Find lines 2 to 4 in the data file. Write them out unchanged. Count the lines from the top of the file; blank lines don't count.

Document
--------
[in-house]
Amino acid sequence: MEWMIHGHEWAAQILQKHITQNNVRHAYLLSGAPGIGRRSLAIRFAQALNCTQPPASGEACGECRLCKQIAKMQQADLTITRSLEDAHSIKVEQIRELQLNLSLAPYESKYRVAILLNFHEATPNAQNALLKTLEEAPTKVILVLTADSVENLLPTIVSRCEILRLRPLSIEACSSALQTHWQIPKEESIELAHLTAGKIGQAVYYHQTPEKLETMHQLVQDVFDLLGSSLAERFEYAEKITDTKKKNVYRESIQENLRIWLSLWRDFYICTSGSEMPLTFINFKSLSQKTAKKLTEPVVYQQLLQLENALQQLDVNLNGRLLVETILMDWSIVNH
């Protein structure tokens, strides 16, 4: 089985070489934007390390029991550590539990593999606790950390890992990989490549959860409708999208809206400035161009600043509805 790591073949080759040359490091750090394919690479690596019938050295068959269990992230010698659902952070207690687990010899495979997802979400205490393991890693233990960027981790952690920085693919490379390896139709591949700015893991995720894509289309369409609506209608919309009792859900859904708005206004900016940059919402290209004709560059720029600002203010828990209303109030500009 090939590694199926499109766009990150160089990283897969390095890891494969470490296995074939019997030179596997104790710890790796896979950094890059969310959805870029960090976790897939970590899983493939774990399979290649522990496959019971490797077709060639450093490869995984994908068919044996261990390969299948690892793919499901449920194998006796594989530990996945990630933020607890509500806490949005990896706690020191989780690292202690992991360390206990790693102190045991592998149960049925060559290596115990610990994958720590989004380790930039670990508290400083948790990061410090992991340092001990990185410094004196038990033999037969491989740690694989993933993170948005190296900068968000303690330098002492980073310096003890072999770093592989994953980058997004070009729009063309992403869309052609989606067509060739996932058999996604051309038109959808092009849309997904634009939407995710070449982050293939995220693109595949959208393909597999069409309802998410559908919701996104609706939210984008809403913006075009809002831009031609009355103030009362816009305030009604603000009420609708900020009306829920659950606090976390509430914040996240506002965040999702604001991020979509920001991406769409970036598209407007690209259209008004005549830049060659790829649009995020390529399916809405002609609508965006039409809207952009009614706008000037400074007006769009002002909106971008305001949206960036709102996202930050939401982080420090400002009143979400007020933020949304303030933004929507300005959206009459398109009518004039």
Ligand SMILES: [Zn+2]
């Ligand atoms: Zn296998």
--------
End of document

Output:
Amino acid sequence: MEWMIHGHEWAAQILQKHITQNNVRHAYLLSGAPGIGRRSLAIRFAQALNCTQPPASGEACGECRLCKQIAKMQQADLTITRSLEDAHSIKVEQIRELQLNLSLAPYESKYRVAILLNFHEATPNAQNALLKTLEEAPTKVILVLTADSVENLLPTIVSRCEILRLRPLSIEACSSALQTHWQIPKEESIELAHLTAGKIGQAVYYHQTPEKLETMHQLVQDVFDLLGSSLAERFEYAEKITDTKKKNVYRESIQENLRIWLSLWRDFYICTSGSEMPLTFINFKSLSQKTAKKLTEPVVYQQLLQLENALQQLDVNLNGRLLVETILMDWSIVNH
């Protein structure tokens, strides 16, 4: 089985070489934007390390029991550590539990593999606790950390890992990989490549959860409708999208809206400035161009600043509805 790591073949080759040359490091750090394919690479690596019938050295068959269990992230010698659902952070207690687990010899495979997802979400205490393991890693233990960027981790952690920085693919490379390896139709591949700015893991995720894509289309369409609506209608919309009792859900859904708005206004900016940059919402290209004709560059720029600002203010828990209303109030500009 090939590694199926499109766009990150160089990283897969390095890891494969470490296995074939019997030179596997104790710890790796896979950094890059969310959805870029960090976790897939970590899983493939774990399979290649522990496959019971490797077709060639450093490869995984994908068919044996261990390969299948690892793919499901449920194998006796594989530990996945990630933020607890509500806490949005990896706690020191989780690292202690992991360390206990790693102190045991592998149960049925060559290596115990610990994958720590989004380790930039670990508290400083948790990061410090992991340092001990990185410094004196038990033999037969491989740690694989993933993170948005190296900068968000303690330098002492980073310096003890072999770093592989994953980058997004070009729009063309992403869309052609989606067509060739996932058999996604051309038109959808092009849309997904634009939407995710070449982050293939995220693109595949959208393909597999069409309802998410559908919701996104609706939210984008809403913006075009809002831009031609009355103030009362816009305030009604603000009420609708900020009306829920659950606090976390509430914040996240506002965040999702604001991020979509920001991406769409970036598209407007690209259209008004005549830049060659790829649009995020390529399916809405002609609508965006039409809207952009009614706008000037400074007006769009002002909106971008305001949206960036709102996202930050939401982080420090400002009143979400007020933020949304303030933004929507300005959206009459398109009518004039």
Ligand SMILES: [Zn+2]